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Data Governance in the Era of Heightened Regulation

GDPR has already sent shudders through the data management world, said Lewis. “Most large organizations have had to take a risk-management approach to this regulation, meaning that they have done their best to address the greatest risk with the lowest cost, if they’ve addressed it at all. I don’t think it would take much digging to find violations. With so many publicized breaches and the proliferation of personal information, it’s inevitable that companies will need to respond.”


There are numerous demands for better governance of data from an internal perspective as well, industry observers agree. “The exponential growth of content, increasing inclusion of IoT and mobile devices, and increasing internet commerce makes targets more visible and accessible to external threat actors and a broader audience when organizations are victims, which in turn damages their reputations,” said Imamura. “Disruptive technologies and the demand to keep pace with competitive offerings have pressed many businesses to reduce spending and investment in quality assurance, potentially opening security holes in IoT and mobile devices making incursions into the business.”

“Having a firm understanding of the definition of PII is extremely important,” said Mitch Kavalsky, director of security governance and risk, Sungard Availability Services. “While there are a list of known datapoints, there are still gray areas. For example, there are multiple datapoints that when used together qualify as PII, but when used individually are not considered PII. In addition, being able to isolate a specific user’s data and remove it without impacting the system is a consideration that was previously not a priority. Organizations are keeping up with these requirements as best they can. The fines levied against Google show that the European nations are taking GDPR seriously and other companies are taking notice. While Google may debate the validity of the fines, other companies are doing everything they can to make sure they don’t get hit with fines as well.”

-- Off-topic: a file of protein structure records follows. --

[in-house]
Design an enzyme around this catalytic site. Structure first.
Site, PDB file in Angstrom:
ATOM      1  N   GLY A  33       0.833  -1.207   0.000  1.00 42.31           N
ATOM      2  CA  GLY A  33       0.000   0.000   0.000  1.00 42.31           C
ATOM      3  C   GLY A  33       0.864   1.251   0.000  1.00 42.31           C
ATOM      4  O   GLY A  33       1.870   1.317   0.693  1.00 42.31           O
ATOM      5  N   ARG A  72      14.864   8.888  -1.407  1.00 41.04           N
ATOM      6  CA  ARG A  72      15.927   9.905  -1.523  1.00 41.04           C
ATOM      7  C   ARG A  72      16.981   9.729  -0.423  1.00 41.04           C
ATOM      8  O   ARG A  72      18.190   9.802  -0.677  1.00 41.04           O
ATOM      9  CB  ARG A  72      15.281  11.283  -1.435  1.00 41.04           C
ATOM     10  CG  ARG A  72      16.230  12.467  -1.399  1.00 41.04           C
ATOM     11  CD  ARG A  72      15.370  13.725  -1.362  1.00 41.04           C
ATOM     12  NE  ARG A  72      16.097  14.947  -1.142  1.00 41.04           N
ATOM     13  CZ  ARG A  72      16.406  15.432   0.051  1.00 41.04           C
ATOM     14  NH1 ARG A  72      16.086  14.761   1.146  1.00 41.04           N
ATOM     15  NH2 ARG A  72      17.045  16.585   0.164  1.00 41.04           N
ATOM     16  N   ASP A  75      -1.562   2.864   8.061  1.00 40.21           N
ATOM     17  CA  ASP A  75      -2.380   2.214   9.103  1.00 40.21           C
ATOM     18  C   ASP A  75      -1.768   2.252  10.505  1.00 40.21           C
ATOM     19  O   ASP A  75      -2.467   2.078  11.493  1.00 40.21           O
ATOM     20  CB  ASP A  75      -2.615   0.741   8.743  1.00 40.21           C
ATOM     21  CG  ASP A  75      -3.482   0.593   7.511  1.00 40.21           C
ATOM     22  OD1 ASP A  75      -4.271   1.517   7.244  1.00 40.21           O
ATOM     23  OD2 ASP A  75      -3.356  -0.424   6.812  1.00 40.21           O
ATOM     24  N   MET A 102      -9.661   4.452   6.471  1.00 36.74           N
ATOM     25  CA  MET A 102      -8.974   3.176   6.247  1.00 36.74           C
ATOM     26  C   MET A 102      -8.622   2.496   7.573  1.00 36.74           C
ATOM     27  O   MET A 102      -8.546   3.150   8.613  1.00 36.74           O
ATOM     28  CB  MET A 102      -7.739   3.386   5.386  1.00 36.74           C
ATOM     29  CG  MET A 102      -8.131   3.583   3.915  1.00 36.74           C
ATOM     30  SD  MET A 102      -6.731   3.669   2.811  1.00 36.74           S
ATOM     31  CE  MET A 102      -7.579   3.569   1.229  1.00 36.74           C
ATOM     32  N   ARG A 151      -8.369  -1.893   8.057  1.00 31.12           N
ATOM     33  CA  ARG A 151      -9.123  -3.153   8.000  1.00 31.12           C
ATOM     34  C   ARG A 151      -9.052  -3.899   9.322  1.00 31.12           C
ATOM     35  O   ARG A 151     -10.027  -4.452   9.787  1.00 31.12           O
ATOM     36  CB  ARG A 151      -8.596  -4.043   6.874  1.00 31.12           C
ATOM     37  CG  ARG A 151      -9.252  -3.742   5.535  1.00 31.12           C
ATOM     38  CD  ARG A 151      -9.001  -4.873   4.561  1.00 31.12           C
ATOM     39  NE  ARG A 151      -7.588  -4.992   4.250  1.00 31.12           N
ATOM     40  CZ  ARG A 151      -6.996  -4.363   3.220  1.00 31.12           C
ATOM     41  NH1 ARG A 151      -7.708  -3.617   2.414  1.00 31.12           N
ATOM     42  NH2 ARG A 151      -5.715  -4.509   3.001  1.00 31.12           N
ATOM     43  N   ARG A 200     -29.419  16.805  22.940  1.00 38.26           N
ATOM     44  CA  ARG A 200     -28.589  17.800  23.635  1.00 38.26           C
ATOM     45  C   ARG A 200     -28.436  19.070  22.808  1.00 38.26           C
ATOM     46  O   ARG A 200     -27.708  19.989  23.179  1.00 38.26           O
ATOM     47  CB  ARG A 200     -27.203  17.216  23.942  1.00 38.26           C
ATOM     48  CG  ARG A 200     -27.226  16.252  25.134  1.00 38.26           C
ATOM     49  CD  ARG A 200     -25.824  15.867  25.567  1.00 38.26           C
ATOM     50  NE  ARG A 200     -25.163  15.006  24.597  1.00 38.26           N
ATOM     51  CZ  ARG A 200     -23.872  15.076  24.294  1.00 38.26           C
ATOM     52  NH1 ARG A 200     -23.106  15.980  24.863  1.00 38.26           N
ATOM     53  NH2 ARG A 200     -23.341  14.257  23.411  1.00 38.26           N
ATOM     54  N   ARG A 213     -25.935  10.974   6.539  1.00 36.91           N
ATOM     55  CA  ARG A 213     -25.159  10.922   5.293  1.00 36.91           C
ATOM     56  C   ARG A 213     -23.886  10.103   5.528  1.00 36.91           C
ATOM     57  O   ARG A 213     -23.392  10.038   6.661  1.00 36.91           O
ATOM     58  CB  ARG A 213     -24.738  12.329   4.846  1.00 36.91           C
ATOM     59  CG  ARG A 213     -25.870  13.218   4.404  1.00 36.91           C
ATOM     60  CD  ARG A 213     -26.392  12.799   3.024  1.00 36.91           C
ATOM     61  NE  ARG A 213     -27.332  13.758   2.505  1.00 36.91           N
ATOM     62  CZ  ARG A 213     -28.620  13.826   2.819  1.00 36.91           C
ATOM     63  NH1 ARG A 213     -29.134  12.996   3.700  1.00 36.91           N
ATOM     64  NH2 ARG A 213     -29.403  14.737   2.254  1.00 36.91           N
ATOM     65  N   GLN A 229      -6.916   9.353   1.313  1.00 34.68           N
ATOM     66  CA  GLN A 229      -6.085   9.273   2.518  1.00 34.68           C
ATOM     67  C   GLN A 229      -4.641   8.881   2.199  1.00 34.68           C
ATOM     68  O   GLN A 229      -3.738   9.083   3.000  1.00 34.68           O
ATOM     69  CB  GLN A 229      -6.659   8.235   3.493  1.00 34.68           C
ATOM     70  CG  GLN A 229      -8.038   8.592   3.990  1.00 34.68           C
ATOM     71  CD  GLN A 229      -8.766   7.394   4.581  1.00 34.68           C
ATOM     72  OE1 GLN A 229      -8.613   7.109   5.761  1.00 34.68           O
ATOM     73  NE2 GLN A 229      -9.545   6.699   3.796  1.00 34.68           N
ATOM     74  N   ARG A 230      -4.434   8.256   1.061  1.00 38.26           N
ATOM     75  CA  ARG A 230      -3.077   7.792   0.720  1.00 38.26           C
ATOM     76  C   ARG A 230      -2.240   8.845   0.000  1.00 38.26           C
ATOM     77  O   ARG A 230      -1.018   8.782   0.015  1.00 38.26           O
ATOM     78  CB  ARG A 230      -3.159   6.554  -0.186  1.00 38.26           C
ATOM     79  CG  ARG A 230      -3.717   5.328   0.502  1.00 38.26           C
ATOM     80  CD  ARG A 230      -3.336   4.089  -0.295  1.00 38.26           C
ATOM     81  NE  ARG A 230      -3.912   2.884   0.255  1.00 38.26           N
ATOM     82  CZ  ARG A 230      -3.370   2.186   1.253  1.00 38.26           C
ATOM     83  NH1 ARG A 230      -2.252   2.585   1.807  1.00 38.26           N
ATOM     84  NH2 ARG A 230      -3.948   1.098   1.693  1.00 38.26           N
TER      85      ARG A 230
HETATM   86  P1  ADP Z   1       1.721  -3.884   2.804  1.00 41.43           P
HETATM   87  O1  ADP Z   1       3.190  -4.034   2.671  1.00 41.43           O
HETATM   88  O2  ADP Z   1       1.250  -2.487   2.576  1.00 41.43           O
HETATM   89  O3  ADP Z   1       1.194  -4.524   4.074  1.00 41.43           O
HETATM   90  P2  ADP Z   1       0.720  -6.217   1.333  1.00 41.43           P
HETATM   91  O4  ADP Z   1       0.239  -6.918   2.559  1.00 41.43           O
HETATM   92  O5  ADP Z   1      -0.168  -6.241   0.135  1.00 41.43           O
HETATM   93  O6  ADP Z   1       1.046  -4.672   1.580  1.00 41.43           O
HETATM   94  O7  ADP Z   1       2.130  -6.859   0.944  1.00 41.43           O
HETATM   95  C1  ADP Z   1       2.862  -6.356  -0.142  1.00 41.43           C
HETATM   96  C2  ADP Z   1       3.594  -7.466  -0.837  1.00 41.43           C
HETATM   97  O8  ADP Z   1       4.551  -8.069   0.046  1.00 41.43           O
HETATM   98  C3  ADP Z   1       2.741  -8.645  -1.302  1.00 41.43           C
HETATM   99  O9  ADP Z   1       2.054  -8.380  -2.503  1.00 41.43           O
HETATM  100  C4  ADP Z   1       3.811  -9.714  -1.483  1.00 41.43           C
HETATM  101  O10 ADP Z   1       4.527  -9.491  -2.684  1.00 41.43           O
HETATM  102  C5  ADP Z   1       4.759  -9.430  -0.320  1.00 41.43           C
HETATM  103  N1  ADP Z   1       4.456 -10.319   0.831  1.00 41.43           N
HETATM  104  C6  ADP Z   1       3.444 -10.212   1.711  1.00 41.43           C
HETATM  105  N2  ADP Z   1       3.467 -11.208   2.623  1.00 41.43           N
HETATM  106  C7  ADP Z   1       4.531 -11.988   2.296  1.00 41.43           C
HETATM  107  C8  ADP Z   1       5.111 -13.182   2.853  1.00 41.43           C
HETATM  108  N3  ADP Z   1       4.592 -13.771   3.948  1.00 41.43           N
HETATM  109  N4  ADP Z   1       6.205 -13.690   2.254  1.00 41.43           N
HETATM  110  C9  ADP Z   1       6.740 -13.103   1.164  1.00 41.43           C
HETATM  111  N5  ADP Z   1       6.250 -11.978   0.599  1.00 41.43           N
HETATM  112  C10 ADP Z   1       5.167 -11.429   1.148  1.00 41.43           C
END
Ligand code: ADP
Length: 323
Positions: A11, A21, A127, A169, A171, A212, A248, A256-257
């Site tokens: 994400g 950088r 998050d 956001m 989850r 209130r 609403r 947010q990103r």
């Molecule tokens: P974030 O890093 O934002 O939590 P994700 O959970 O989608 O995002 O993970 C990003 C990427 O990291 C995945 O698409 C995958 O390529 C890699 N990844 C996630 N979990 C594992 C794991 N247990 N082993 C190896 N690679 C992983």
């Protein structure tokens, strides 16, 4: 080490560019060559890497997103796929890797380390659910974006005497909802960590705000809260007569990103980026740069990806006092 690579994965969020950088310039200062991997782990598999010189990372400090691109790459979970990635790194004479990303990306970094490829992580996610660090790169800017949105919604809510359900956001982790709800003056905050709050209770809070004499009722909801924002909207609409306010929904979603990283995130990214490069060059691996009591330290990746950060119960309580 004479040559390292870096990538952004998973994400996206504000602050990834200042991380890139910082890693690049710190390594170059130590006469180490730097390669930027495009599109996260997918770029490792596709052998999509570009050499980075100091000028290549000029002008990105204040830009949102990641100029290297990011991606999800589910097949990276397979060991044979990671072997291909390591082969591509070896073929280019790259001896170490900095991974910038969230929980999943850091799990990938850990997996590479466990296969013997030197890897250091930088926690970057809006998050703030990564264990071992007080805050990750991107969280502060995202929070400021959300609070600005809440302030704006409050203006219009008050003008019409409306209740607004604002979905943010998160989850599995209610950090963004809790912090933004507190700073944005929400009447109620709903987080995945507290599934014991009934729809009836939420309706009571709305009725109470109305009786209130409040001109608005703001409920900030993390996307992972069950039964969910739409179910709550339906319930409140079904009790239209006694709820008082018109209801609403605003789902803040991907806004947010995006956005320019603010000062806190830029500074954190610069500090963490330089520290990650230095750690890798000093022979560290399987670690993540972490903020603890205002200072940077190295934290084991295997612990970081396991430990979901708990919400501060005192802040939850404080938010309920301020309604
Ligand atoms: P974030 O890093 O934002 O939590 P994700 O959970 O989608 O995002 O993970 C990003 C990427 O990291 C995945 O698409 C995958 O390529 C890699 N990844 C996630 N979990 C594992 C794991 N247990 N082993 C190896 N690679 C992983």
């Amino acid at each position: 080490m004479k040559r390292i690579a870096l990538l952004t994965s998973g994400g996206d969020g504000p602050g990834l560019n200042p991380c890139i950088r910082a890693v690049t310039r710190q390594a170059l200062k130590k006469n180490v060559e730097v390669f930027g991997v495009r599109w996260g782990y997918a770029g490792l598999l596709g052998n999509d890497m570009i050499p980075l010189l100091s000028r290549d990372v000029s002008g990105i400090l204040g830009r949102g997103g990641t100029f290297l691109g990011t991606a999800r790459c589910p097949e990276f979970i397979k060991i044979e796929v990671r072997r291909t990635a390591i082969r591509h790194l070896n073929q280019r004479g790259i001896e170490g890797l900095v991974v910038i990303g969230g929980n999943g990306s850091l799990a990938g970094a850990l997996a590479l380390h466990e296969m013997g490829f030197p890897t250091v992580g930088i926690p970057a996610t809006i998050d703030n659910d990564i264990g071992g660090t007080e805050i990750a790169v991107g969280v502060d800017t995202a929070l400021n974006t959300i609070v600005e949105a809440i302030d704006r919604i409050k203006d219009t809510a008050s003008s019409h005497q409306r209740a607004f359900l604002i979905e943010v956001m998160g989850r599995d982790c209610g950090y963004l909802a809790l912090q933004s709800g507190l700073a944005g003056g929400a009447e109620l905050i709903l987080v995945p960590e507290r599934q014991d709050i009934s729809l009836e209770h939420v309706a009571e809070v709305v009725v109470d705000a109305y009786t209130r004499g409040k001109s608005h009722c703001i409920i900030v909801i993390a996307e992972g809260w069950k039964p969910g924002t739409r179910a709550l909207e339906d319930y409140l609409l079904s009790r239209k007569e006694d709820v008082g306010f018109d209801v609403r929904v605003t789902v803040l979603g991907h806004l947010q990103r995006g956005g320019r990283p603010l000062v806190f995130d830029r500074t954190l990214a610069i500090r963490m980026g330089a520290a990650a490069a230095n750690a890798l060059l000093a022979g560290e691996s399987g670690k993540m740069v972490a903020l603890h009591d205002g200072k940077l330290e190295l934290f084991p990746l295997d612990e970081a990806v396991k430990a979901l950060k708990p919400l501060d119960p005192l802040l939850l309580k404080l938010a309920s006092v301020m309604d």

Any organization working with data is likely now to have an international reach and needs to prepare accordingly for the bevy of privacy mandates, industry observers agree. Companies with a global reach need to develop well-focused enterprise strategies for all data coming in and moving out of their organizations. This includes understanding how to approach and implement policy for these scenarios with a repeatable model due to worldwide impact, said Nathan Turajski, security operations and data security lead at Micro Focus. For example, they need to consider what requirements apply to the EU (GDPR), California (CCPA), and other regions for consistency of approach to the most stringent baseline requirements. “Organizations won’t be ready to protect data if they haven’t fully discovered and classified it across the organization as a prerequisite. Those are imperative considerations, as well as understanding your own organizational maturity, when developing data governance strategies.”


As awareness of the requirements for data cohesiveness, as well as the need to meet legal requirements, gets baked into corporate data cultures, it is becoming necessary to manage accordingly, industry observers state. “Organizations get savvier with each passing year,” said Fabiszak. “But more work needs to be done to ensure that people are comfortable working with data. It cannot just be the domain and discipline of data stewards or database administrators any longer.” Instead, “organizations need to be data-centric and educate employees on the expectation that data is a critical part of their everyday jobs.”

A challenge encountered by many organizations “is keeping data governance on the agenda,” said René Bentvel, global data protection officer for Unit4. “Every organization struggles with this and it’s a case of aligning data governance strategies with day-to-day business objectives. Regularly discussing incidents, ongoing awareness initiatives, and training are crucial to keeping up. Although many companies have already adopted privacy processes and procedures consistent with GDPR, the directive contains a number of new protections for EU data subjects that affect international companies, as well as European companies.”

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